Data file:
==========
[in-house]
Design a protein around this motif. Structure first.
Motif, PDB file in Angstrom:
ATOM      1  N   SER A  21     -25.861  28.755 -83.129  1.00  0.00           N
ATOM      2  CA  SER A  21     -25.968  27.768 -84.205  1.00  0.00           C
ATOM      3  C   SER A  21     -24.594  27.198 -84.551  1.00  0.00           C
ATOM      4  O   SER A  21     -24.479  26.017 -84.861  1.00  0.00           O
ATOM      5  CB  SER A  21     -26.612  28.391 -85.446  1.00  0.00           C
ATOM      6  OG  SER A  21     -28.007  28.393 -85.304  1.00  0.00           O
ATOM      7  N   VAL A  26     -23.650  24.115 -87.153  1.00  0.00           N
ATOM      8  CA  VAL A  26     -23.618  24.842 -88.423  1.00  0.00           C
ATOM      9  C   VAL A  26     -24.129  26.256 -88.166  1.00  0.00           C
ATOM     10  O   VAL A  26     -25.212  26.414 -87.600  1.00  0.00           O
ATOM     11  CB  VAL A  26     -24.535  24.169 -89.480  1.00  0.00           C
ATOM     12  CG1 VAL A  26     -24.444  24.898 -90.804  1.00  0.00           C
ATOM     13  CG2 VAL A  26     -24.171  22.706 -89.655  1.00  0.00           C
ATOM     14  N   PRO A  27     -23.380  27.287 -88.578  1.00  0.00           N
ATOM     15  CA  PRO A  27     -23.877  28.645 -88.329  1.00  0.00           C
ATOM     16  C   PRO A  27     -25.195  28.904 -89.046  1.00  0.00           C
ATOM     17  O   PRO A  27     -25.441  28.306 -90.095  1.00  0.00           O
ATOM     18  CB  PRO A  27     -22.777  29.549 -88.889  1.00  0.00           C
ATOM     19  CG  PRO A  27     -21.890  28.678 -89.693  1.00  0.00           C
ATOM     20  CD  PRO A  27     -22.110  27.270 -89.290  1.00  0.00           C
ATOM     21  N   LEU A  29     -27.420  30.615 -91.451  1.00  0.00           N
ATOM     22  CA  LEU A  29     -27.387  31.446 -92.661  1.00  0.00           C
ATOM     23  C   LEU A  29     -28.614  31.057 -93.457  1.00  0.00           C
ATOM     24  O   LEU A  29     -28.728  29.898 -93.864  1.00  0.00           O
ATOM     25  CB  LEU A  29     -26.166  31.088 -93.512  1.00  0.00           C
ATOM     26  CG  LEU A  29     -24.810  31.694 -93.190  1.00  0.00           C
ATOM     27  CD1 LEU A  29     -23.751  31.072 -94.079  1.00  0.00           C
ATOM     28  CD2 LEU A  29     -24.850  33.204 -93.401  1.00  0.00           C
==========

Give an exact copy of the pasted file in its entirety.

[in-house]
Design a protein around this motif. Structure first.
Motif, PDB file in Angstrom:
ATOM      1  N   SER A  21     -25.861  28.755 -83.129  1.00  0.00           N
ATOM      2  CA  SER A  21     -25.968  27.768 -84.205  1.00  0.00           C
ATOM      3  C   SER A  21     -24.594  27.198 -84.551  1.00  0.00           C
ATOM      4  O   SER A  21     -24.479  26.017 -84.861  1.00  0.00           O
ATOM      5  CB  SER A  21     -26.612  28.391 -85.446  1.00  0.00           C
ATOM      6  OG  SER A  21     -28.007  28.393 -85.304  1.00  0.00           O
ATOM      7  N   VAL A  26     -23.650  24.115 -87.153  1.00  0.00           N
ATOM      8  CA  VAL A  26     -23.618  24.842 -88.423  1.00  0.00           C
ATOM      9  C   VAL A  26     -24.129  26.256 -88.166  1.00  0.00           C
ATOM     10  O   VAL A  26     -25.212  26.414 -87.600  1.00  0.00           O
ATOM     11  CB  VAL A  26     -24.535  24.169 -89.480  1.00  0.00           C
ATOM     12  CG1 VAL A  26     -24.444  24.898 -90.804  1.00  0.00           C
ATOM     13  CG2 VAL A  26     -24.171  22.706 -89.655  1.00  0.00           C
ATOM     14  N   PRO A  27     -23.380  27.287 -88.578  1.00  0.00           N
ATOM     15  CA  PRO A  27     -23.877  28.645 -88.329  1.00  0.00           C
ATOM     16  C   PRO A  27     -25.195  28.904 -89.046  1.00  0.00           C
ATOM     17  O   PRO A  27     -25.441  28.306 -90.095  1.00  0.00           O
ATOM     18  CB  PRO A  27     -22.777  29.549 -88.889  1.00  0.00           C
ATOM     19  CG  PRO A  27     -21.890  28.678 -89.693  1.00  0.00           C
ATOM     20  CD  PRO A  27     -22.110  27.270 -89.290  1.00  0.00           C
ATOM     21  N   LEU A  29     -27.420  30.615 -91.451  1.00  0.00           N
ATOM     22  CA  LEU A  29     -27.387  31.446 -92.661  1.00  0.00           C
ATOM     23  C   LEU A  29     -28.614  31.057 -93.457  1.00  0.00           C
ATOM     24  O   LEU A  29     -28.728  29.898 -93.864  1.00  0.00           O
ATOM     25  CB  LEU A  29     -26.166  31.088 -93.512  1.00  0.00           C
ATOM     26  CG  LEU A  29     -24.810  31.694 -93.190  1.00  0.00           C
ATOM     27  CD1 LEU A  29     -23.751  31.072 -94.079  1.00  0.00           C
ATOM     28  CD2 LEU A  29     -24.850  33.204 -93.401  1.00  0.00           C